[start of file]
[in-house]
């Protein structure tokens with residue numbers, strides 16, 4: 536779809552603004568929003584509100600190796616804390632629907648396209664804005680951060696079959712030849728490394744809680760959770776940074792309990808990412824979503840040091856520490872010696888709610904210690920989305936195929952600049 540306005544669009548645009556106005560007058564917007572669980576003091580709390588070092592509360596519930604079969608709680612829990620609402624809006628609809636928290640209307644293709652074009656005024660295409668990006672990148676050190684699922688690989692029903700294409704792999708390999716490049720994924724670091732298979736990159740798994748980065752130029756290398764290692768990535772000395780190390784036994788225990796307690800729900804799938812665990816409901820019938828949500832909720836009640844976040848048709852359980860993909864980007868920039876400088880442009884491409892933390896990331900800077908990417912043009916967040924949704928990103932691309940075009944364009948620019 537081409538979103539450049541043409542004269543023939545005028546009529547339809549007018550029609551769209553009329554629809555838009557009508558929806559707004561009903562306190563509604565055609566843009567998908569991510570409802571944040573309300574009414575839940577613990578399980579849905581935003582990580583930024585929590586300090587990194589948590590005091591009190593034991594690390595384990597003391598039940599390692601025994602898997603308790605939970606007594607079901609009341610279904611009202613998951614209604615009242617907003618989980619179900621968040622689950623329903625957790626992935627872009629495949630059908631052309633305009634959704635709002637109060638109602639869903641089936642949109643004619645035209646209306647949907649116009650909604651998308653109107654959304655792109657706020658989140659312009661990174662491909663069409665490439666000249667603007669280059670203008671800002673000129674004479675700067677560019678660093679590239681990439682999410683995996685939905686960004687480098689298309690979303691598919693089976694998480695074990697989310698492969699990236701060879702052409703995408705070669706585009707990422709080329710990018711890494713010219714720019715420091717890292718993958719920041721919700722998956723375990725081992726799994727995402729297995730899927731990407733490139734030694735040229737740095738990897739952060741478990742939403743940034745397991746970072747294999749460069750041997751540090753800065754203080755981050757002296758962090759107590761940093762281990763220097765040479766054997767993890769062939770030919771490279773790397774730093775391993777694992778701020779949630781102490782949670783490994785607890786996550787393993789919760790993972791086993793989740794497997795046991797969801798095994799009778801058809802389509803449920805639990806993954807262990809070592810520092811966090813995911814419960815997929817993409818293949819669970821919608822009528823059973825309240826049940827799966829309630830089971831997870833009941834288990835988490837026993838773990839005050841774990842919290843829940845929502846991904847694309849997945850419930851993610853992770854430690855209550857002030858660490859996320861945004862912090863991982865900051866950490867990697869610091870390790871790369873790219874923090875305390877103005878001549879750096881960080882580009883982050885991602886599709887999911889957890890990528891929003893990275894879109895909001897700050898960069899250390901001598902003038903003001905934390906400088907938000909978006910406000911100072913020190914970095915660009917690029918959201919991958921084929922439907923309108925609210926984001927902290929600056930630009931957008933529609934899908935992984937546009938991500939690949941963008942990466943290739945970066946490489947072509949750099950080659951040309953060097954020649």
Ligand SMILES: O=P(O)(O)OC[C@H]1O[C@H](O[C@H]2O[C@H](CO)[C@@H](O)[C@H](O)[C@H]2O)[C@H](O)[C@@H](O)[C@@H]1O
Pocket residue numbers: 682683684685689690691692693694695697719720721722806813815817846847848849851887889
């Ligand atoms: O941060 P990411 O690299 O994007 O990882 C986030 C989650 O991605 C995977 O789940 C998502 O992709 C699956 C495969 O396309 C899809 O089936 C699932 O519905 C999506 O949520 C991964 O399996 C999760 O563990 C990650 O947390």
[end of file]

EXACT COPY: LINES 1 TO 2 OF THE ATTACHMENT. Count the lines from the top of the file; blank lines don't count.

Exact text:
[in-house]
């Protein structure tokens with residue numbers, strides 16, 4: 536779809552603004568929003584509100600190796616804390632629907648396209664804005680951060696079959712030849728490394744809680760959770776940074792309990808990412824979503840040091856520490872010696888709610904210690920989305936195929952600049 540306005544669009548645009556106005560007058564917007572669980576003091580709390588070092592509360596519930604079969608709680612829990620609402624809006628609809636928290640209307644293709652074009656005024660295409668990006672990148676050190684699922688690989692029903700294409704792999708390999716490049720994924724670091732298979736990159740798994748980065752130029756290398764290692768990535772000395780190390784036994788225990796307690800729900804799938812665990816409901820019938828949500832909720836009640844976040848048709852359980860993909864980007868920039876400088880442009884491409892933390896990331900800077908990417912043009916967040924949704928990103932691309940075009944364009948620019 537081409538979103539450049541043409542004269543023939545005028546009529547339809549007018550029609551769209553009329554629809555838009557009508558929806559707004561009903562306190563509604565055609566843009567998908569991510570409802571944040573309300574009414575839940577613990578399980579849905581935003582990580583930024585929590586300090587990194589948590590005091591009190593034991594690390595384990597003391598039940599390692601025994602898997603308790605939970606007594607079901609009341610279904611009202613998951614209604615009242617907003618989980619179900621968040622689950623329903625957790626992935627872009629495949630059908631052309633305009634959704635709002637109060638109602639869903641089936642949109643004619645035209646209306647949907649116009650909604651998308653109107654959304655792109657706020658989140659312009661990174662491909663069409665490439666000249667603007669280059670203008671800002673000129674004479675700067677560019678660093679590239681990439682999410683995996685939905686960004687480098689298309690979303691598919693089976694998480695074990697989310698492969699990236701060879702052409703995408705070669706585009707990422709080329710990018711890494713010219714720019715420091717890292718993958719920041721919700722998956723375990725081992726799994727995402729297995730899927731990407733490139734030694735040229737740095738990897739952060741478990742939403743940034745397991746970072747294999749460069750041997751540090753800065754203080755981050757002296758962090759107590761940093762281990763220097765040479766054997767993890769062939770030919771490279773790397774730093775391993777694992778701020779949630781102490782949670783490994785607890786996550787393993789919760790993972791086993793989740794497997795046991797969801798095994799009778801058809802389509803449920805639990806993954807262990809070592810520092811966090813995911814419960815997929817993409818293949819669970821919608822009528823059973825309240826049940827799966829309630830089971831997870833009941834288990835988490837026993838773990839005050841774990842919290843829940845929502846991904847694309849997945850419930851993610853992770854430690855209550857002030858660490859996320861945004862912090863991982865900051866950490867990697869610091870390790871790369873790219874923090875305390877103005878001549879750096881960080882580009883982050885991602886599709887999911889957890890990528891929003893990275894879109895909001897700050898960069899250390901001598902003038903003001905934390906400088907938000909978006910406000911100072913020190914970095915660009917690029918959201919991958921084929922439907923309108925609210926984001927902290929600056930630009931957008933529609934899908935992984937546009938991500939690949941963008942990466943290739945970066946490489947072509949750099950080659951040309953060097954020649």